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Updated 5:30 PM February 1, 2008
 

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  Research
Location outweighs number of guests in commencement poll

An overwhelming majority of graduating students have said they want Spring Commencement to stay on campus, and they are willing to take a reduced number of tickets to make it happen. As a result, the University has scrapped a plan announced earlier in January to move the ceremony to Eastern Michigan University.

A poll conducted the week of Jan. 21 by the newly appointment Commencement Advisory Committee was completed by 4,022 students. In it, 88 percent of students said having a ceremony on campus was very important.

University leaders announced Jan. 9 a plan to hold commencement at Rynearson Stadium at EMU because of construction at the Big House. Officials said the decision was based on the belief that students would expect the usual eight tickets for family and friends, which would not be possible in any facility on the U-M campus. The next largest venue, Crisler Arena, can accommodate only 2-3 guests per graduate. 

Following the change-of-venue announcement, e-mails and calls began pouring in from students, parents and alumni. Leaders held community meetings to hear additional concerns and agreed to rethink the decision. The committee then drafted the poll in an effort to gauge the priorities of graduates.

In terms of the number of guests, nearly 39 percent of those responding said they needed fewer than three tickets; 44 percent want 4-5 seats; 12 percent indicated a need for 6-7; and nearly 5 percent wanted eight or more.

When asked to say which factor was most important — having guests attend the same live ceremony; attending the same event as graduating friends, regardless of school or college affiliation; participating in a graduate procession; attending the same ceremony as the graduate speaker; or having commencement on campus — 69 percent of the respondents said the campus location was most important. Having guests at the same event came in a distant second at 14 percent.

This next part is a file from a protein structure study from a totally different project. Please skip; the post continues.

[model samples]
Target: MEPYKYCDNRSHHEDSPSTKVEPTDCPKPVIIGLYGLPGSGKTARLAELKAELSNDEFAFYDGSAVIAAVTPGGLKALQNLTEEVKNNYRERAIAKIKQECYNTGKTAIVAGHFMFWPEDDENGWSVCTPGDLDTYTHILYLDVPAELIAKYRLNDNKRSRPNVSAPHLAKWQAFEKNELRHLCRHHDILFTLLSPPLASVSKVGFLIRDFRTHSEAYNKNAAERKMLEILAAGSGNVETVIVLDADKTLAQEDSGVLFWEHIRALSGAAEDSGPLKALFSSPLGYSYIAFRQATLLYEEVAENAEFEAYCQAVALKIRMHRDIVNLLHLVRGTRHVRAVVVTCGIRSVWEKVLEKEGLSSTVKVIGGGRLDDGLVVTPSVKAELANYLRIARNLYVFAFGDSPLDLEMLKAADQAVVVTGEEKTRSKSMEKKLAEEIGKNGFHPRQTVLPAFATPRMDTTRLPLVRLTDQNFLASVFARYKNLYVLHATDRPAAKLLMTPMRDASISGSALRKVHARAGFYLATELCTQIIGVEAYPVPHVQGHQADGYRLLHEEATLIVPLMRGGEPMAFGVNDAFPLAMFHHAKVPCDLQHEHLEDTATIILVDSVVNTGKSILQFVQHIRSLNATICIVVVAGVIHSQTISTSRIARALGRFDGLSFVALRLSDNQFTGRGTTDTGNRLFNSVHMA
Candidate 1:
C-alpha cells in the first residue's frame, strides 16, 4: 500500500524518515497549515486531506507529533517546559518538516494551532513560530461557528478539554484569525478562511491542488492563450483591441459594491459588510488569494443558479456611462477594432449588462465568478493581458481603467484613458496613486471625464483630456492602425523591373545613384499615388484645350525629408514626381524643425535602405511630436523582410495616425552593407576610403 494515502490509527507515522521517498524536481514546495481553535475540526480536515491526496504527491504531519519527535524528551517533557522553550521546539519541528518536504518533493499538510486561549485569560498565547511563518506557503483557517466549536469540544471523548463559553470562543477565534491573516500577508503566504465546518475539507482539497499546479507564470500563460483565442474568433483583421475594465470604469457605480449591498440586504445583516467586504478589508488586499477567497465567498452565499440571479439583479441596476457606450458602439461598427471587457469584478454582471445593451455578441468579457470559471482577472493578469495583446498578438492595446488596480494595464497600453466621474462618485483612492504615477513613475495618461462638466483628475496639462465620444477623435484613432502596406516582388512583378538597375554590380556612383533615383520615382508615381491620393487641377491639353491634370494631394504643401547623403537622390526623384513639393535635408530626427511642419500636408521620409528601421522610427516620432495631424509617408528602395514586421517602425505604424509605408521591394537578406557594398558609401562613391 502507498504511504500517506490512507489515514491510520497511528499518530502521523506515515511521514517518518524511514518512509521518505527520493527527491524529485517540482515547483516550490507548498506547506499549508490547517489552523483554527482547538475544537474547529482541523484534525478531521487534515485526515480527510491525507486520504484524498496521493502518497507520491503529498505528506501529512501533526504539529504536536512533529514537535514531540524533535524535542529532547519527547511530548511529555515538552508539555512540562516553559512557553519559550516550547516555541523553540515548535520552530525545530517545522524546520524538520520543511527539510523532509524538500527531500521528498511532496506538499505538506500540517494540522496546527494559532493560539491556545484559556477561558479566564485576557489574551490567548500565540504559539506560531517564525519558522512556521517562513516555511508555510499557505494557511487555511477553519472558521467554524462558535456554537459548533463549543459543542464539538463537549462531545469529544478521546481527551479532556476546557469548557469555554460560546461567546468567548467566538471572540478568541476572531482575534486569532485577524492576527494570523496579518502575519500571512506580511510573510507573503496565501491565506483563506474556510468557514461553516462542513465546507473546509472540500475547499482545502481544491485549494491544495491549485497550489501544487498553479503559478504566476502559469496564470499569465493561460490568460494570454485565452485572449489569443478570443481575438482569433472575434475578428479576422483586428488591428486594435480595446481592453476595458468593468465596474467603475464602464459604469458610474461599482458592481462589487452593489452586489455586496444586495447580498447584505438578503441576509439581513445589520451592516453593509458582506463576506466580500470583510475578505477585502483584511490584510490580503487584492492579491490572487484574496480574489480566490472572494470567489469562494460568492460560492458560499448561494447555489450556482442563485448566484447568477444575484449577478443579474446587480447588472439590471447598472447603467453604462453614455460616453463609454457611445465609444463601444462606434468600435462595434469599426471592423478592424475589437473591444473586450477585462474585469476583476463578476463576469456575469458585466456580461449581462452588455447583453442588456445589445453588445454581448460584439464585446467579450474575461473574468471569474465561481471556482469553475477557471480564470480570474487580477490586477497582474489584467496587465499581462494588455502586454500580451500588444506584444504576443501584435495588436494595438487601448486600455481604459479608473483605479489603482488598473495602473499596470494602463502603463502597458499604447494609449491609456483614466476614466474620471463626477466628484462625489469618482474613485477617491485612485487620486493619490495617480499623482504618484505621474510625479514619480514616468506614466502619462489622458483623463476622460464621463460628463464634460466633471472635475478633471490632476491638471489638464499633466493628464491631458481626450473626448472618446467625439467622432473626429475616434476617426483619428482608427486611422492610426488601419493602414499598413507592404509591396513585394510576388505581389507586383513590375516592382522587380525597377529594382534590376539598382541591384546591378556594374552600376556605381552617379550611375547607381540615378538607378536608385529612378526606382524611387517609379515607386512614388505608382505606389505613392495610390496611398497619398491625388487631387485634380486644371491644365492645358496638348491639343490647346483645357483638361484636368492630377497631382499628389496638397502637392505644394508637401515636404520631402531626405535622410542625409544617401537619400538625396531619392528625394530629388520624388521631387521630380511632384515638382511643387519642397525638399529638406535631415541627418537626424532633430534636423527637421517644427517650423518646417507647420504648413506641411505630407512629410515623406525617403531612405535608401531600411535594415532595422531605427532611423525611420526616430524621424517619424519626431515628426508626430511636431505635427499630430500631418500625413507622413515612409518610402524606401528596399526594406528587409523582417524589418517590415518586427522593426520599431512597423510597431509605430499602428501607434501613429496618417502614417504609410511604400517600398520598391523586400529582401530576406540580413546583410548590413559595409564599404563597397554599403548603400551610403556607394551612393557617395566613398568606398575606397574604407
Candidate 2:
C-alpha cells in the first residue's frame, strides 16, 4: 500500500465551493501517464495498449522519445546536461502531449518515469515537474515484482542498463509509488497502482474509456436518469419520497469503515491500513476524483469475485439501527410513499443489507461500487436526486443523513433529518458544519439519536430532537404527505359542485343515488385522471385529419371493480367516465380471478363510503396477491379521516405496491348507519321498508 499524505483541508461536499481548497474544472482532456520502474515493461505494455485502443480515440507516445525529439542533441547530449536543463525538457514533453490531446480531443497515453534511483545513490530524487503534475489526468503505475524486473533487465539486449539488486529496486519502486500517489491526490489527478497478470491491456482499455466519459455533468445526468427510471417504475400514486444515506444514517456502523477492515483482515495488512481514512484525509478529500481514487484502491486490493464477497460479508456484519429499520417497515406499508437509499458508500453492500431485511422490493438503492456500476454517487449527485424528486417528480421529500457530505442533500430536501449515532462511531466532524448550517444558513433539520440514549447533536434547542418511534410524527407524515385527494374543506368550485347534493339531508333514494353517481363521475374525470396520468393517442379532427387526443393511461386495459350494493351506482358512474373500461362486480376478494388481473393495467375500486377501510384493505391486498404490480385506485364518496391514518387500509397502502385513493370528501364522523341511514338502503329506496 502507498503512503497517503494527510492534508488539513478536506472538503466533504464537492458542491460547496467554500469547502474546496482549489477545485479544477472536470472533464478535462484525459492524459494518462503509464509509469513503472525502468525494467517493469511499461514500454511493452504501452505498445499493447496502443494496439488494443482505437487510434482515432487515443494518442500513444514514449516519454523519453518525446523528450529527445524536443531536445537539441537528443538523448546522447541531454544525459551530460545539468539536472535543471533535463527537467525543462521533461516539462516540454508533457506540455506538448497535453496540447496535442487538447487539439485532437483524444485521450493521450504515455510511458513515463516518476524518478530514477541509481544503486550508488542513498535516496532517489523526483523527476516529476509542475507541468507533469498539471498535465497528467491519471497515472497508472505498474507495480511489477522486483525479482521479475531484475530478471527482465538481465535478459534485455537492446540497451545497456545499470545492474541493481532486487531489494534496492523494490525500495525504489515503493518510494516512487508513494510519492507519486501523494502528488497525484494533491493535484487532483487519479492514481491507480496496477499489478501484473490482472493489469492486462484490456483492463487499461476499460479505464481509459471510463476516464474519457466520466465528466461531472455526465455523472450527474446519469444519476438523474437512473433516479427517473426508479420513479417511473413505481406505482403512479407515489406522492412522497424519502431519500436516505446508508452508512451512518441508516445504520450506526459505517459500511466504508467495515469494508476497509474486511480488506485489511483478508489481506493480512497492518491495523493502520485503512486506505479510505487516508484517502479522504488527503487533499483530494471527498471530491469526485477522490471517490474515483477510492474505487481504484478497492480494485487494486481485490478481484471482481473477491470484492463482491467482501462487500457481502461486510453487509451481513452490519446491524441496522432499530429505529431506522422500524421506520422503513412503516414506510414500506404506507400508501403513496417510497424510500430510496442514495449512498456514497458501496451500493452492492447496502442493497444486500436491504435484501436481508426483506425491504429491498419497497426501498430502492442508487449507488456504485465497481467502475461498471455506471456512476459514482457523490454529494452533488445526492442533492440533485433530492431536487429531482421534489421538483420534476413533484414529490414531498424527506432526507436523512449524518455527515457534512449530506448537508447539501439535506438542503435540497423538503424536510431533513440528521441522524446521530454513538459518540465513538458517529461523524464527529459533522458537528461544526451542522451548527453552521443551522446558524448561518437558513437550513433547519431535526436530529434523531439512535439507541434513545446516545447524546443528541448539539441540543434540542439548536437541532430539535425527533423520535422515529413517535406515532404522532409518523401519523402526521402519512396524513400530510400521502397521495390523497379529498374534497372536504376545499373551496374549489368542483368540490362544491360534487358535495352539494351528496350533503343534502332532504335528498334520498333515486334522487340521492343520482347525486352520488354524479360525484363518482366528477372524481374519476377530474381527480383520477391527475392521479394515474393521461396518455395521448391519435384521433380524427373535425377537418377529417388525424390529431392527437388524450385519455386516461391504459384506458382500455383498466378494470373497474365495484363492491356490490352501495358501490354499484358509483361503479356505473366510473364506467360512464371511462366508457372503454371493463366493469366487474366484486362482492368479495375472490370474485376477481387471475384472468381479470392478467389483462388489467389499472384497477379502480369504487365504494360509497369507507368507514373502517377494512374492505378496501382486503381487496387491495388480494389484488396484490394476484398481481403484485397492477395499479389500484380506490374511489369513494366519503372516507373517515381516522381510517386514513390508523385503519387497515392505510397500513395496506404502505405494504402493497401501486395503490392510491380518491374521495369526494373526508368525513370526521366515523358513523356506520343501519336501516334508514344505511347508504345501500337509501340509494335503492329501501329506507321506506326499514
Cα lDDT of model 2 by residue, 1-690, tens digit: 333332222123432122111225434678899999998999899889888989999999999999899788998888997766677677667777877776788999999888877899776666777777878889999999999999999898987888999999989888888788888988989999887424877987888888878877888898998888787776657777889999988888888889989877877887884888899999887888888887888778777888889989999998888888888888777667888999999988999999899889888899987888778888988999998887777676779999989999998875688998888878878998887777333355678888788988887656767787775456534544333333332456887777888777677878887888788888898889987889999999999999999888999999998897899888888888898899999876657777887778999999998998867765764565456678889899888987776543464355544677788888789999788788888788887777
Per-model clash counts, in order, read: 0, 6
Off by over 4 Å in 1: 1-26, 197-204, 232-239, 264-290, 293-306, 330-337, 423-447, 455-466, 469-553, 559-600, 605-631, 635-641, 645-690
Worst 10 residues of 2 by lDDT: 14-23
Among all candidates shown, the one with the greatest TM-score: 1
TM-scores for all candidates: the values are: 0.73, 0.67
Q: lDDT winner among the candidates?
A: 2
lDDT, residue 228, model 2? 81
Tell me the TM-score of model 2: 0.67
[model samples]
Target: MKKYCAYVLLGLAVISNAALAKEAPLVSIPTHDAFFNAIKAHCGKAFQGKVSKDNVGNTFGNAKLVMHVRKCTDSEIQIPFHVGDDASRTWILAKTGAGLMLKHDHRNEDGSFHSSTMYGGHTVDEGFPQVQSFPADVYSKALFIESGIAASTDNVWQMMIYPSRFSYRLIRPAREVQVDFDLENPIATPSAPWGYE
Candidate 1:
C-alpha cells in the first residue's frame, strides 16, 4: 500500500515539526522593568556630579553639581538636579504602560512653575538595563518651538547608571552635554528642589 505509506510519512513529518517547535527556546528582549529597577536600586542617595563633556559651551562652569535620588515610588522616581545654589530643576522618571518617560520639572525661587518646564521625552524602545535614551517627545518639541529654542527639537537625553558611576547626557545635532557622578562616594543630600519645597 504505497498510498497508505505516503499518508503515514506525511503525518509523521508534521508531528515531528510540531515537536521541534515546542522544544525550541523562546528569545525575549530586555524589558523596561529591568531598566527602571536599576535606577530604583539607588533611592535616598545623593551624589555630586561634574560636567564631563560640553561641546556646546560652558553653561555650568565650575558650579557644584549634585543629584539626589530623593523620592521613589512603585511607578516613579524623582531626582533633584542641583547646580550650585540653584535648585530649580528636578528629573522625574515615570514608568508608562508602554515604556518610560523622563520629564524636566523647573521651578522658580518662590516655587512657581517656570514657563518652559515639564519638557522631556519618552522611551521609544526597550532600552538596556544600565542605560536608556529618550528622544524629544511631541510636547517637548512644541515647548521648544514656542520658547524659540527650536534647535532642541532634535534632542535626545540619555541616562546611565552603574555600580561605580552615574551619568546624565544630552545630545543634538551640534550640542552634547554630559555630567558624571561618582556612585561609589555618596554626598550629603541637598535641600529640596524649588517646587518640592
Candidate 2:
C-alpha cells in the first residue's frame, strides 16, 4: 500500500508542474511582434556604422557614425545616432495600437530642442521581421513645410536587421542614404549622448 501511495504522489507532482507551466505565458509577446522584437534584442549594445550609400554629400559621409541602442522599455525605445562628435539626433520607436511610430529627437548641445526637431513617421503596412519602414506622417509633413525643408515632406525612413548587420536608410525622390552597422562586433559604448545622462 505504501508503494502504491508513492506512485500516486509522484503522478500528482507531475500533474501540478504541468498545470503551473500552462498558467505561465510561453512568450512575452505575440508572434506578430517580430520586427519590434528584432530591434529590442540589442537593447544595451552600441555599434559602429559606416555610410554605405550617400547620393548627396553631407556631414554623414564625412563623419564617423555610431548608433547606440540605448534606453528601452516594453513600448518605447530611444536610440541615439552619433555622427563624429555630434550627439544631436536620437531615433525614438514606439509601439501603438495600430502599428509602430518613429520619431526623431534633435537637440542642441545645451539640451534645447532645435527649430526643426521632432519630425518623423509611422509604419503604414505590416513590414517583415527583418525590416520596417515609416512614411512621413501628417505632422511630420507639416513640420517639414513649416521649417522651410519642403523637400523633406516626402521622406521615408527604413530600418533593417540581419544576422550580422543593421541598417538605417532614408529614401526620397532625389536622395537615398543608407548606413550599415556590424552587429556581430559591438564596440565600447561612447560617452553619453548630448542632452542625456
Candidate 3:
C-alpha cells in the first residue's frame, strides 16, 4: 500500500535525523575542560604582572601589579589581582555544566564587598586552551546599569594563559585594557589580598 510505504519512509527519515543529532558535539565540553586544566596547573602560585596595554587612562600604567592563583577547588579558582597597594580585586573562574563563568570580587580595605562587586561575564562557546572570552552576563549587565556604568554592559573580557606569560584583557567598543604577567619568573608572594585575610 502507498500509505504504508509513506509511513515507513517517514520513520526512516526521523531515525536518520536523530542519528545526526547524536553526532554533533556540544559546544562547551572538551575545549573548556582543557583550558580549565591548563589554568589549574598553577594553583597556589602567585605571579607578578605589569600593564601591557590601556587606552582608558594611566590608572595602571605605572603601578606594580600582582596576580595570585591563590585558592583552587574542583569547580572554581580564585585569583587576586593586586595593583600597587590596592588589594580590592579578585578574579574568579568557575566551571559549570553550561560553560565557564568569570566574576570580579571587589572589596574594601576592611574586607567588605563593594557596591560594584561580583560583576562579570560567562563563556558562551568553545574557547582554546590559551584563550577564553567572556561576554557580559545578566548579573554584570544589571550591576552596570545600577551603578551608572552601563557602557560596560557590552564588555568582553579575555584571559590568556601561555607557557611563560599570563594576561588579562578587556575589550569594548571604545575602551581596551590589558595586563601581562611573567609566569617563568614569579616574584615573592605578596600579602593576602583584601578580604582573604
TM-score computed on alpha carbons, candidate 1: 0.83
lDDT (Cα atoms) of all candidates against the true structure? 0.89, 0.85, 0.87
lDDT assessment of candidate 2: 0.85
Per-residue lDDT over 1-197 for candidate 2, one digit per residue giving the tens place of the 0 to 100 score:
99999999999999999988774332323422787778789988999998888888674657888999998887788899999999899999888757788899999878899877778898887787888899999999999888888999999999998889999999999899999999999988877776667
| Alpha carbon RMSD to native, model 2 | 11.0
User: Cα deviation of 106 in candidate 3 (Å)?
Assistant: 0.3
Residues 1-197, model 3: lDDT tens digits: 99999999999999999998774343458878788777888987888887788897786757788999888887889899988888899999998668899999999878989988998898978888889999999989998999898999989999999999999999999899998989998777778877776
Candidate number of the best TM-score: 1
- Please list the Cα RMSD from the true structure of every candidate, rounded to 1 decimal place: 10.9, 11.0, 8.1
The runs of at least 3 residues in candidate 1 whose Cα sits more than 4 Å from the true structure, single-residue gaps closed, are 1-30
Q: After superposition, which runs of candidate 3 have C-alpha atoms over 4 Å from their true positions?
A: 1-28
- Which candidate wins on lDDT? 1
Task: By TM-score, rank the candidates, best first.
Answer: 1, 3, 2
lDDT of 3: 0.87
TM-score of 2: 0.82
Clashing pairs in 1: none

In a letter to graduating students, the committee stated: “Many offices are involved in providing us with information that they are collecting so we can complete our analysis and assessment and provide the executive officers with recommendations on the viability of Michigan Stadium and several other campus venues. We are working on an aggressive schedule to define two or three viable options for their consideration.” Students will be asked to give input again on the alternatives, leaders have said.

A Jan. 29 student march to protest spring graduation at EMU was cut short by the administration’s decision to reverse course and hold the ceremony on the U-M campus. Mike Eber, a West Bloomfield senior, led a group of 20 students, who gathered in the Diag around a large “Maize Out March” banner.

“We’ve already won,” Eber said, raising a newspaper announcing the decision above his head. “We got our wish.”

“I’d like to thank the administration for working with us,” he added before leading the group in a spirited rendition of the U-M fight song, “The Victors.” “Student activism was a deciding factor in bringing graduation back to campus.”

For results of the poll, a list of the committee members and other information, go to: www.commencement.umich.edu.

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